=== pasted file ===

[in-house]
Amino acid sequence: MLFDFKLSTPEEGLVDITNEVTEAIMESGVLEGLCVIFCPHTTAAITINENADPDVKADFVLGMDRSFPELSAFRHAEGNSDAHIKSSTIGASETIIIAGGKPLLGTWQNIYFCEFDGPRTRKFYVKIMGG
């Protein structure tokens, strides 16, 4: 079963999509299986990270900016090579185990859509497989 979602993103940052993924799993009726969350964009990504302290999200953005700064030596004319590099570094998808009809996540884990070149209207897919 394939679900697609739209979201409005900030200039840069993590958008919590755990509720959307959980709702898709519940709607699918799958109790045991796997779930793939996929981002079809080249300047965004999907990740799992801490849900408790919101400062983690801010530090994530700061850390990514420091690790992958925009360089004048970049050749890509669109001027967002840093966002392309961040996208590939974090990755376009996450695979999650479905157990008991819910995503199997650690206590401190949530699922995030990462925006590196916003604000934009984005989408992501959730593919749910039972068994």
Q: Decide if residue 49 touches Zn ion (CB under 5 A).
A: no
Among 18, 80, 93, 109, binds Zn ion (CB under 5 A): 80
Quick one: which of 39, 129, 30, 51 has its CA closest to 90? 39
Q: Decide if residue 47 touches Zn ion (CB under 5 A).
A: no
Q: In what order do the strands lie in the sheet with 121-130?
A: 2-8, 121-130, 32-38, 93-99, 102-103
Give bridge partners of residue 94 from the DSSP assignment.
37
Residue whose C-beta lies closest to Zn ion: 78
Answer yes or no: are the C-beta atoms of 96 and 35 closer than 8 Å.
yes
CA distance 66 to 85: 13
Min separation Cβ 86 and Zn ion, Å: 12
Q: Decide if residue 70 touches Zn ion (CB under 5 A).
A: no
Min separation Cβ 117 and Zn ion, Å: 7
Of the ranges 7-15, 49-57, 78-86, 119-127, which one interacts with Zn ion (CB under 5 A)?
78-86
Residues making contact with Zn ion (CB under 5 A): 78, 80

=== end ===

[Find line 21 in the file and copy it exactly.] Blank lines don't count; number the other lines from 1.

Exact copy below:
Min separation Cβ 117 and Zn ion, Å: 7